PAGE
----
Understanding customers’ risk preferences is important for financial firms to effectively target offerings and manage relationships; however, assessing customers’ risk preference, particularly at scale and over time, is challenging. Lacking for efficient measures, we have limited understanding on risk preferences and the associated decision-making. Especially, little research has been carried out on when and how customers adjust their portfolio from the perspective of managing risk. To fill this research gap, we employ machine learning techniques to leverage rich data on customers’ behavior that is commonly available to commercial banks to measure customers’ risk preferences. Using real-world data from a large commercial bank, we first identify customers’ risk preferences over time. Then, with the developed measure, we provide theoretical insights on how customers’ risk preferences, current portfolio risk and attention (i.e., observe financial products) jointly affect their portfolio adjustment. Further, a field experiment in a marketing campaign shows that, telemarketers doubled their conversion rates with our measure. These results suggest that the risk preference measure generated by machine learning has significant theoretical and practical implications.

Date 30.11.2021
Time 2:30 - 4:00 pm
Venue Zoom ID: 931 1775 4236 (Passcode: 164650)

Optimal Budget Allocation With Online Ad Campaign
Miss Huijun Chen, ISOM, HKUST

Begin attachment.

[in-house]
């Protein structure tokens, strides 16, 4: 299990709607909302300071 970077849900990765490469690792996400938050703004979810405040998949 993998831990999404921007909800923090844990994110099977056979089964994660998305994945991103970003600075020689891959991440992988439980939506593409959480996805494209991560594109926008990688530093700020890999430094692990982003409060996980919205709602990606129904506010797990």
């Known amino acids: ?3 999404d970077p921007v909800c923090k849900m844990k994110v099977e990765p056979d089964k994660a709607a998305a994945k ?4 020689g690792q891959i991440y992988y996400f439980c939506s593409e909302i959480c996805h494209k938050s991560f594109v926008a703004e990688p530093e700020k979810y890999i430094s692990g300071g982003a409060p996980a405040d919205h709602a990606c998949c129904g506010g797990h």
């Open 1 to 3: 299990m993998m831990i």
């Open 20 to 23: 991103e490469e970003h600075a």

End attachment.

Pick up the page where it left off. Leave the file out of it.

This paper investigates how the presence of the spillover and carryover effects in the multi-channel ad campaign affects the budget allocation decisions of a marketing agency, which strives to maximize the total expected number of clicks or conversions over the campaign. A salient feature of the problem is that the market agency only has access to aggregate data such that the effectiveness of different online advertising channels cannot be estimated using standard methods that typically require individual-level data. The authors propose a data augmentation method for estimating the microlevel consumer advertising response models using aggregate data. The essence of this approach is to simulate latent state dynamics such that the generated data is consistent with the observed aggregate data. The authors then demonstrate the validity of the method using actual channel-level advertising campaign data from an online fashion retailer in Korea. Lastly, the authors study a fluid mean-field formulation and derive key structural insights on the optimal budget allocation policies, which are leveraged to design an implementable budget allocation policy.